- \frac{\pi G \rho_c a_1 a_2 a_3}{(n+1)}  \int_0^\infty \frac{ du}{\Delta } Q^{n+1}  \, ,

[ EFE, Chapter 3, §20, p. 53, Eq. (101) ]

where, ~\Delta has the same definition as above, and,

~Q

~\equiv

~
1 - \sum_{\ell = 1}^3 \frac{x_\ell^2}{ a_\ell^2 + u }  \, .

For purposes of illustration, in what follows we will assume that, ~a_1 > a_2 > a_3.

The Case Where n = 0

When ~n = 0, we have a uniform-density configuration, and the "interior" potential will be given by the expression,

~\Phi_\mathrm{grav}(\bold{x})

~=

~
- \pi G \rho_c a_1 a_2 a_3  \int_0^\infty \frac{ du}{\Delta } \biggl[ 1 - \sum_{\ell = 1}^3 \frac{x_\ell^2}{ a_\ell^2 + u }  \biggr]

 

~=

~
- \pi G \rho_c a_1 a_2 a_3 \biggl\{  
\int_0^\infty \frac{ du}{\Delta } 
- \int_0^\infty \frac{ du}{\Delta } \biggl( \frac{x^2}{ a_1^2 + u } \biggr)
- \int_0^\infty \frac{ du}{\Delta } \biggl( \frac{y^2}{ a_2^2 + u } \biggr) 
- \int_0^\infty \frac{ du}{\Delta } \biggl( \frac{z^2}{ a_3^2 + u }  \biggr)
\biggr\}

 

~=

~
- \pi G \rho_c a_1 a_2 a_3 \biggl\{  
\int_0^\infty \frac{ du}{\Delta } 
~ - ~x^2 \int_0^\infty \frac{ du}{\Delta (a_1^2 + u) } 
~ - ~y^2 \int_0^\infty \frac{ du}{\Delta (a_2^2 + u) }  
~ - ~ \int_0^\infty \frac{ du}{\Delta (a_3^2 + u) } 
\biggr\}

 

~=

~
-\pi G \rho_c \biggl[ I_\mathrm{BT} a_1^2 - \biggl(A_1 x^2 + A_2 y^2 +A_3 z^2 \biggr) \biggr] \, .

As a check, let's see if this scalar potential satisfies the differential form of the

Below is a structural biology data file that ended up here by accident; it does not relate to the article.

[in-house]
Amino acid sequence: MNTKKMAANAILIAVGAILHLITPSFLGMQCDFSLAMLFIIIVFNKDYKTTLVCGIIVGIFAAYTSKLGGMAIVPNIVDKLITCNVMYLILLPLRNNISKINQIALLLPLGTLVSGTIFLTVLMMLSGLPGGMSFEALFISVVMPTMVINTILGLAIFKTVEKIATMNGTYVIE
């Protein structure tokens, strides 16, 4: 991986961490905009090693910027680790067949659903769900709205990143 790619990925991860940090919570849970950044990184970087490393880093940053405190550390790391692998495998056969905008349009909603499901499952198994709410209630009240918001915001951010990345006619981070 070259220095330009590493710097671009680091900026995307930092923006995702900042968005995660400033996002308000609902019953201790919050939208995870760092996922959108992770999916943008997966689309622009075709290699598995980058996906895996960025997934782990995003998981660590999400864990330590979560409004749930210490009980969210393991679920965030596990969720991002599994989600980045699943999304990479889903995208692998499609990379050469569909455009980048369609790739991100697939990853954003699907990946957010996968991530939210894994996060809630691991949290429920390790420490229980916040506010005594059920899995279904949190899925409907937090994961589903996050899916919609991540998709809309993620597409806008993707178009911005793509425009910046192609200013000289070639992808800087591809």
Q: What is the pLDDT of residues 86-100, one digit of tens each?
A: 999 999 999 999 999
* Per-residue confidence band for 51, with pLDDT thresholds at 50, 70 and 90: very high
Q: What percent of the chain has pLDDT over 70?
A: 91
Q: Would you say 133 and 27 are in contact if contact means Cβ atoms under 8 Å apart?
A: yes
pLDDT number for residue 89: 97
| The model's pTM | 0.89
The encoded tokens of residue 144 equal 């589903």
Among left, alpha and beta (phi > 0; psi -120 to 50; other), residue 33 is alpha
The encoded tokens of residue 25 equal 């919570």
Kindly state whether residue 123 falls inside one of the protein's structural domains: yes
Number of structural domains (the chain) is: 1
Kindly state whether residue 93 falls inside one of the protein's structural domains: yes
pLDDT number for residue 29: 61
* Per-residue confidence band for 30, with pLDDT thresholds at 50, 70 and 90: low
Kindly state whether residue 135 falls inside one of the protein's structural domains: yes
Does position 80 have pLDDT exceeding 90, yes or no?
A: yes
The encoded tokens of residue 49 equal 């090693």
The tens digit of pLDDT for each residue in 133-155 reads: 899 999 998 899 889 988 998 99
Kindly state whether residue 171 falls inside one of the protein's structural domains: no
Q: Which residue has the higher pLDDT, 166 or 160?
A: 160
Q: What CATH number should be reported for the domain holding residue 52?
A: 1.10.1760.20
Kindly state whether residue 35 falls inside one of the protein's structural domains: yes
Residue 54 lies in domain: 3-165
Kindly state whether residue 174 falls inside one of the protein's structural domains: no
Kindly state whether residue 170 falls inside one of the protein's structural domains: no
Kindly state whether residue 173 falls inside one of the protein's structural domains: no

Poisson Equation

\nabla^2 \Phi = 4\pi G \rho

Given that,

~\sum_{\ell = 1}^3 A_\ell

~=

~2 \, ,

[ EFE, §21, Eq. (108) ]

we find,

~\nabla^2\Phi_\mathrm{grav} = \biggl[\frac{\partial^2}{\partial x^2}  + \frac{\partial^2}{\partial y^2} + \frac{\partial^2}{\partial z^2}\biggr]\Phi_\mathrm{grav}

~=

~
+ 2\pi G \rho_c (A_1 + A_2 + A_3) = 4\pi G\rho_c \, .

Q.E.D.

The Case Where n = 1

When ~n = 1, we have a specific heterogeneous density configuration, and the "interior" potential will be given by the expression,

~\frac{ \Phi_\mathrm{grav}(\bold{x})}{(-\pi G\rho_c)}

~=

~
\frac{1}{2} a_1 a_2 a_3  \int_0^\infty \frac{ du}{\Delta } \biggl[ 1 - \sum_{\ell = 1}^3 \frac{x_\ell^2}{ a_\ell^2 + u }  \biggr]^2

 

~=

~
\frac{1}{2} a_1 a_2 a_3  \biggl\{  
\int_0^\infty \frac{ du}{\Delta } \biggl[ 1 - \sum_{\ell = 1}^3 \frac{x_\ell^2}{ a_\ell^2 + u }  \biggr]
~- ~ x^2 \int_0^\infty \frac{ du}{\Delta (a_1^2 + u)} \biggl[ 1 - \sum_{\ell = 1}^3 \frac{x_\ell^2}{ a_\ell^2 + u }  \biggr]

 

 

~
~- ~y^2 \int_0^\infty \frac{ du}{\Delta (a_2^2 + u)}  \biggl[ 1 - \sum_{\ell = 1}^3 \frac{x_\ell^2}{ a_\ell^2 + u }  \biggr]
~ - ~z^2 \int_0^\infty \frac{ du}{\Delta (a_3^2 + u)} \biggl[ 1 - \sum_{\ell = 1}^3 \frac{x_\ell^2}{ a_\ell^2 + u }  \biggr]
\biggr\} \, .

The first definite-integral expression inside the curly braces is, to within a leading factor of ~\tfrac{1}{2}, identical to the entire expression for the normalized potential that was derived in the case where n = 0. That is, we can write,

~\frac{ \Phi_\mathrm{grav}(\bold{x})}{(-\pi G\rho_c)}

~=

~
\frac{1}{2} \biggl[ I_\mathrm{BT} a_1^2 - \biggl(A_1 x^2 + A_2 y^2 +A_3 z^2 \biggr) \biggr]
~- \frac{1}{2} a_1 a_2 a_3  \biggl\{ ~ x^2 \int_0^\infty \frac{ du}{\Delta (a_1^2 + u)} \biggl[ 1 - \sum_{\ell = 1}^3 \frac{x_\ell^2}{ a_\ell^2 + u }  \biggr]

 

 

~
~+~y^2 \int_0^\infty \frac{ du}{\Delta (a_2^2 + u)}  \biggl[ 1 - \sum_{\ell = 1}^3 \frac{x_\ell^2}{ a_\ell^2 + u }  \biggr]
~ + ~z^2 \int_0^\infty \frac{ du}{\Delta (a_3^2 + u)} \biggl[ 1 - \sum_{\ell = 1}^3 \frac{x_\ell^2}{ a_\ell^2 + u }  \biggr]
\biggr\} \, .

Then, from §22, p. 56 of EFE, we see that,

~a_1 a_2 a_3 \int_0^\infty \frac{ du}{\Delta (a_i^2 + u)}  \biggl[ 1 - \sum_{\ell = 1}^3 \frac{x_\ell^2}{ a_\ell^2 + u }  \biggr]